Monday, 3 September 2012

Exhibition: Martin Parr 'No Worries'

Today I visited the Brisbane Powerhouse Museum to see the Martin Parr Exhibition entitled 'No Worries', a photo essay documenting life in three small West Australian towns that was commissioned for the Fremantle photo festival FotoFreo. I thought the exhibition was excellent, and it was fantastic to see a large selection (probably about 40) prints of this very well known photographer. His use of intense colour was really obvious in the images, as well as really clever framing and varied viewpoints. The prints ranged a lot in size which added to the interest of the series as a whole. I made quite a few notes about the range of subject matter in my notebook which I won't reproduce here, instead I'll make some comments about the exhibition as a whole.

I thought there were many excellent images (not surprising given Parr's other work!) and it was great to see his take on Australian life, and how quintessential scenes had been captured by the master of capturing people and life in all it's glory (and ugliness!). His framing shows great mastery. The first image I thought was fabulous consisted of a beergut, stubby with beer in the foreground, man in chair on the beach in the midground and camel train behind behind is fabulous, and just perfectly captures the character of Broome. (You can see some of the images on the T and G Publishing website) (2011). There were many others that I thought were great. Overall, he has captured a wide variety of scenes of everyday life - of people in their homes and in their workplaces and in their places of relaxation. All are gently poking fun at the West Australian culture and people, and are in brilliant saturated colour and creative framing. A delight to view and I shall try to get back along to the exhibition before it closes in a few weeks. Part of the book can be 'viewed' on Parr's website (2012).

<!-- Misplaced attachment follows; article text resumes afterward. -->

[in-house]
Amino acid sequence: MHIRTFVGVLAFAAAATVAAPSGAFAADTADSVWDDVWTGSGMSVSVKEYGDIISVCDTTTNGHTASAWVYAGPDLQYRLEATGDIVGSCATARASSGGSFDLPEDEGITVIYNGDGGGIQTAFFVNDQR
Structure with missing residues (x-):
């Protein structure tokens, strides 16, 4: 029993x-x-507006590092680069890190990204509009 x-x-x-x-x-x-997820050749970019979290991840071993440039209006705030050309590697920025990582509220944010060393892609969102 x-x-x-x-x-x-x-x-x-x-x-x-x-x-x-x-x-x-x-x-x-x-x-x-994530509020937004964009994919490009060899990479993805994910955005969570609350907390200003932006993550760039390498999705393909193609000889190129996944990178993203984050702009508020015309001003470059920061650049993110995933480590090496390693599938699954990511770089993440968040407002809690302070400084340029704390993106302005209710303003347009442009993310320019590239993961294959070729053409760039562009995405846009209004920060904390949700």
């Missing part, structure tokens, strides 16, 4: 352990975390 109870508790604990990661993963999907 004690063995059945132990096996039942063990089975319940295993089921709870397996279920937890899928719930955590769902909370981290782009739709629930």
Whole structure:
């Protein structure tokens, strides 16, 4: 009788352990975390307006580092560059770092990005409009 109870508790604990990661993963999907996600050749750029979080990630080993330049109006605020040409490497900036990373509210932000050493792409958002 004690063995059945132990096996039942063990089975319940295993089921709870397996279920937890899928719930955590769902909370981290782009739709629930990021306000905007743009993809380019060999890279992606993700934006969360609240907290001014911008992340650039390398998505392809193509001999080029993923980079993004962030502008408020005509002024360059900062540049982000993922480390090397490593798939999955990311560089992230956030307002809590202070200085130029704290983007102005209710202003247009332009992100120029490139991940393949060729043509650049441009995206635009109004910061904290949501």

Book cover of 'No Worries', by Martin Parr. Taken from T and G website for personal study purposes
Spread from 'No Worries', by Martin Parr. Taken from T and G website for personal study purposes

When I got home I found a video online by David Dare Parker who interviewed and followed Parr for some of his time in Broome and Port Headland. The video is here. It provided some interesting insights into Parr's work, and it was good to see some actual footage of him shooting, posing people
("...the key is not to smile ... a portrait is a serious thing...") 
(a rough quote from Parr in the video) (2011) and commenting on his work and his desire to become more of a 'community photographer', a concept which I like - shooting in the community and then returning to show the community the images of themselves.

Parker, D. (2011), David Dare Parker Blog [online], Available from [Accessed 4 September 2012]

Parr, M. (2012), Martin Parr Website [online], Available from [Accessed 4 September 2012]

T and G Publishing (2011), [online], Available from [Accessed 4 September 2012]

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